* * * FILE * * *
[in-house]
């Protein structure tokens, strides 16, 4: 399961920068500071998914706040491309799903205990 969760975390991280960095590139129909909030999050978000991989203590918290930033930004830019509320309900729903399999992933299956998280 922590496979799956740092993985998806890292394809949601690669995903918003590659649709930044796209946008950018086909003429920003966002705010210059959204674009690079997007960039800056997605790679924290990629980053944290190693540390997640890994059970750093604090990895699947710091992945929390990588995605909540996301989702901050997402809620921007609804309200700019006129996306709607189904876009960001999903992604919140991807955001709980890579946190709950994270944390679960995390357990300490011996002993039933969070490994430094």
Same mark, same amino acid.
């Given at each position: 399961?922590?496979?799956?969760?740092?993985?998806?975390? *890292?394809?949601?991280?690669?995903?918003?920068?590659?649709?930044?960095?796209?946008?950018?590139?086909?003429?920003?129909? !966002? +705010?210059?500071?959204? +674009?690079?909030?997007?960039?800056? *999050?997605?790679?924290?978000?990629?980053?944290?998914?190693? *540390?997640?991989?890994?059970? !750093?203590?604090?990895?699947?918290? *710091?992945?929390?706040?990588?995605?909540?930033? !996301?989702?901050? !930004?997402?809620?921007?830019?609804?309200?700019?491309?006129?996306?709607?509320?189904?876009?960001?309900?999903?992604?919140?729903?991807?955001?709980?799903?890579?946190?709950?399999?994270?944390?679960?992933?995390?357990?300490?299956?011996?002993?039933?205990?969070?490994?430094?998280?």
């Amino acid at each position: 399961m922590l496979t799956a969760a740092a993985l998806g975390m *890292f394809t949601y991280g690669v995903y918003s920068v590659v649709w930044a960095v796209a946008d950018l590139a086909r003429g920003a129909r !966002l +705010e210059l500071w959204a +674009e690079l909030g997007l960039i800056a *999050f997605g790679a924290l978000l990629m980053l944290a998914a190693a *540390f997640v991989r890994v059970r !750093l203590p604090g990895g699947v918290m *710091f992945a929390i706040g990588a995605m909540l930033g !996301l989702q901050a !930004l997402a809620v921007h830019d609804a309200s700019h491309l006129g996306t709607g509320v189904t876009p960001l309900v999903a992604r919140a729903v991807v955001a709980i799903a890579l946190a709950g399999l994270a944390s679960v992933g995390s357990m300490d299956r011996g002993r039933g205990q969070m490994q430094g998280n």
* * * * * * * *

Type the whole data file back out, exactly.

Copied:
[in-house]
């Protein structure tokens, strides 16, 4: 399961920068500071998914706040491309799903205990 969760975390991280960095590139129909909030999050978000991989203590918290930033930004830019509320309900729903399999992933299956998280 922590496979799956740092993985998806890292394809949601690669995903918003590659649709930044796209946008950018086909003429920003966002705010210059959204674009690079997007960039800056997605790679924290990629980053944290190693540390997640890994059970750093604090990895699947710091992945929390990588995605909540996301989702901050997402809620921007609804309200700019006129996306709607189904876009960001999903992604919140991807955001709980890579946190709950994270944390679960995390357990300490011996002993039933969070490994430094």
Same mark, same amino acid.
């Given at each position: 399961?922590?496979?799956?969760?740092?993985?998806?975390? *890292?394809?949601?991280?690669?995903?918003?920068?590659?649709?930044?960095?796209?946008?950018?590139?086909?003429?920003?129909? !966002? +705010?210059?500071?959204? +674009?690079?909030?997007?960039?800056? *999050?997605?790679?924290?978000?990629?980053?944290?998914?190693? *540390?997640?991989?890994?059970? !750093?203590?604090?990895?699947?918290? *710091?992945?929390?706040?990588?995605?909540?930033? !996301?989702?901050? !930004?997402?809620?921007?830019?609804?309200?700019?491309?006129?996306?709607?509320?189904?876009?960001?309900?999903?992604?919140?729903?991807?955001?709980?799903?890579?946190?709950?399999?994270?944390?679960?992933?995390?357990?300490?299956?011996?002993?039933?205990?969070?490994?430094?998280?």
């Amino acid at each position: 399961m922590l496979t799956a969760a740092a993985l998806g975390m *890292f394809t949601y991280g690669v995903y918003s920068v590659v649709w930044a960095v796209a946008d950018l590139a086909r003429g920003a129909r !966002l +705010e210059l500071w959204a +674009e690079l909030g997007l960039i800056a *999050f997605g790679a924290l978000l990629m980053l944290a998914a190693a *540390f997640v991989r890994v059970r !750093l203590p604090g990895g699947v918290m *710091f992945a929390i706040g990588a995605m909540l930033g !996301l989702q901050a !930004l997402a809620v921007h830019d609804a309200s700019h491309l006129g996306t709607g509320v189904t876009p960001l309900v999903a992604r919140a729903v991807v955001a709980i799903a890579l946190a709950g399999l994270a944390s679960v992933g995390s357990m300490d299956r011996g002993r039933g205990q969070m490994q430094g998280n």